Rome’s other borders were essentially great natural barriers: the Rhine and Danube Rivers, the Sahara, and the Great Syrian Desert. Not trusting Mother Nature to protect her Empire, Rome fortified and patrolled these frontiers as well. Again, these borders were porous, once more for economic reasons. Rome conducted a thriving trade with sub-Saharan Africa, Persia, and Germanic Europe. Great caravan cities in Tunisia, Syria, and Jordan were mercantile depots where African ivory, Chinese silk, and Arabian myrrh entered the Empire. Along the Rhine and Danube Romans established market towns where Germans came to trade: Roman luxury goods for slaves, amber, and furs.

The Romans did not regard any of their borders as necessarily ordained by either the gods or Nature. Rome settled upon them as a result of losing military or political steam. The deserts of Arabia proved too formidable for Augustus and he had to content himself with control of the Red Sea lanes. Roman expeditions into the Sahara met with a striking lack of success. Persia blocked Rome in the east. Rome only briefly held control of some territory north of Hadrian’s Wall. And Roman legions were soundly defeated a number of times in their attempts to conquer Germanic Europe.

Neither has God nor Nature ordained America’s borders. Our border with Canada ultimately came down to a matter of political compromise. Our southern border was established as a consequence of war, purchase, and real estate deals. William Seward negotiated the purchase of Alaska in a czarist fire sale. And islands scattered about the world came primarily as a result of wars and colonial ventures gone awry. Our most contentious border is that which we share with Mexico. And America’s relationship with Mexico shares a few intriguing similarities with Rome’s dealings with the Germans, similarities worth reflecting upon.

Rome’s attitude towards the Germanic tribes was never a simple matter of posting signs at the borders proclaiming, “Germans Not Welcomed Here.” Since the beginning of the Empire, Rome actively recruited Germans into her army. Individuals and even entire clans would serve as auxiliary troops alongside the legions. The reward: good pay, occasional loot, and, upon retirement, Roman citizenship. The army served admirably as a vehicle of assimilation into the Roman polity.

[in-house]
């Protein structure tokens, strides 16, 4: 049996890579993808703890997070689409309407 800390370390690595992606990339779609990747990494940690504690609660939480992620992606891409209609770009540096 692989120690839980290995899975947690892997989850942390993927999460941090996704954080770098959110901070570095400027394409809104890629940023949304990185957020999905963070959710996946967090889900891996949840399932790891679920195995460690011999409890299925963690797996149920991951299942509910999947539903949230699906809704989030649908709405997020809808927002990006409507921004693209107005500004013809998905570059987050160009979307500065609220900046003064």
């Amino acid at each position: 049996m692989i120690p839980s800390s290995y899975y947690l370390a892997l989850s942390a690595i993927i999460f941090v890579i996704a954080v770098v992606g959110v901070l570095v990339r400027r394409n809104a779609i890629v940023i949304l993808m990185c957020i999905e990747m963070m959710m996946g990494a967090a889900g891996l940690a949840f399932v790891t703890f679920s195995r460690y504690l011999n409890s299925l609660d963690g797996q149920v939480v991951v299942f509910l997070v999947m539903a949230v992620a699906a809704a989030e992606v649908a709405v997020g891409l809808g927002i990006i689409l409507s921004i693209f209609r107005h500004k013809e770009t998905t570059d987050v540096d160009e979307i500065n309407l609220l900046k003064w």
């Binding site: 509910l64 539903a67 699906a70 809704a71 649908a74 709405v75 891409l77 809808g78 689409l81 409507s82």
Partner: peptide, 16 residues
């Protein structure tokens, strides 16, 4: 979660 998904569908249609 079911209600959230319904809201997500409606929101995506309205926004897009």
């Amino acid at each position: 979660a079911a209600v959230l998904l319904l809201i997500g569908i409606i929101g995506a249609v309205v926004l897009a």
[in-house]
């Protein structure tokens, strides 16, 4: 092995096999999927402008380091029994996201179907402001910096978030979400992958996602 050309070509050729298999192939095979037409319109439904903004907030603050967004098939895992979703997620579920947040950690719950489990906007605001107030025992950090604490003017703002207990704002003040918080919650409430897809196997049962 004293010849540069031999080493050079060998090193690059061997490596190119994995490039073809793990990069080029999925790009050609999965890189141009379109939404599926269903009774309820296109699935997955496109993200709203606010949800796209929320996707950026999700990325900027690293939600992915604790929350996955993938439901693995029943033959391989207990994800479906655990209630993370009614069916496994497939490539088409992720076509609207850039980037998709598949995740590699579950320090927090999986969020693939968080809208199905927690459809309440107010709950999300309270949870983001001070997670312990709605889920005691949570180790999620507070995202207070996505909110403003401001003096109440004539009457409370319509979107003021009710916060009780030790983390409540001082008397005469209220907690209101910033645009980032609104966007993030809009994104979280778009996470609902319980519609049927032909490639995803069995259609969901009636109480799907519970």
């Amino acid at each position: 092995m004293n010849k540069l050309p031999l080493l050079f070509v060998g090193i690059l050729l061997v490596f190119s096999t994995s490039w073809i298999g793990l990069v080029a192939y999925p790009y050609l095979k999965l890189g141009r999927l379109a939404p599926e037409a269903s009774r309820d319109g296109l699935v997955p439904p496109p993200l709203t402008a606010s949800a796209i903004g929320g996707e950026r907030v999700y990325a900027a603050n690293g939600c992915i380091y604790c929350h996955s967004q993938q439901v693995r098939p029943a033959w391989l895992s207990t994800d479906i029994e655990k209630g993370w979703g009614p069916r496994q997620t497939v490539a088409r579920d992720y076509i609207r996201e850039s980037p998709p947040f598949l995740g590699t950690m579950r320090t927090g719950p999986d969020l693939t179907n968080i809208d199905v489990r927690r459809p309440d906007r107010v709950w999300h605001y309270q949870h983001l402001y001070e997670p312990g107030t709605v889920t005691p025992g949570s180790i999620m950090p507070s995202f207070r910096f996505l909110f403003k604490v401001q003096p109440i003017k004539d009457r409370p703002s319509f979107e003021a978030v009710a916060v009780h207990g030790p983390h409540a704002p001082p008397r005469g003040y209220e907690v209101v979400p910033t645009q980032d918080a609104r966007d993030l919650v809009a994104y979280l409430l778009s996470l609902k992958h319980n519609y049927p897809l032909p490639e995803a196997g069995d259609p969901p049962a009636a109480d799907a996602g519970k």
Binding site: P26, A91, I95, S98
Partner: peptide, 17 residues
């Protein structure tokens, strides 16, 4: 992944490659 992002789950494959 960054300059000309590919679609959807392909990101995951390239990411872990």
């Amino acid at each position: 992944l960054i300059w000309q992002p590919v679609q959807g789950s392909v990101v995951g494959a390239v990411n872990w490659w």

As the imperial government became more repressive towards its own citizens, fewer Romans could be enticed into military service. Rome made up the shortfall with Germans. Tribes that politely petitioned the Empire to live within her confines were required to obey imperial law and were settled with the aim of defending the frontiers. Theodosius I recruited into the army entire German tribes, who served under their own commanders. In the much-vaunted Roman victory over Attila in 451 AD, Aetius’ “Roman” army probably boasted more Germans than Romans. The last great Roman army fielded in Italy in the fifth century was commanded by Odoacer (a German) and consisted entirely of German foederati (allies). And when the emperor in Constantinople wanted Odoacer brought to heel, he commissioned Theodoric and his Ostrogoths (also Germans) to do the deed. Roman soldiering clearly had become a predominantly German occupation. Under such conditions, legionary service ceased to be an effective medium of assimilation.

Herein lay Rome’s (and America’s) quandary regarding immigrants: absorption versus assimilation. The two words, now used interchangeably, originally had different meanings. To absorb meant to take (literally, to suck) in. To assimilate meant to make similar or alike. The Roman Empire was able to take in entire Germanic nations without inconvenience; the Empire was decidedly depopulated, entire provinces lay largely unfarmed, and Rome badly needed soldiers, the job Romans no longer wanted. But as Germanic migration turned from a trickle into a torrent and then into a full-scale invasion, Rome could absorb but no longer assimilate the Germans. For a variety of reasons, there was no longer the cultural means or the political will to “Romanize” them. Consequently, the Empire harbored within her borders an alien - and alienated - minority, indifferent to the allurements of Roman citizenship, hostile to imperial needs, and waiting for the first opportunity to prey upon Rome’s weakness.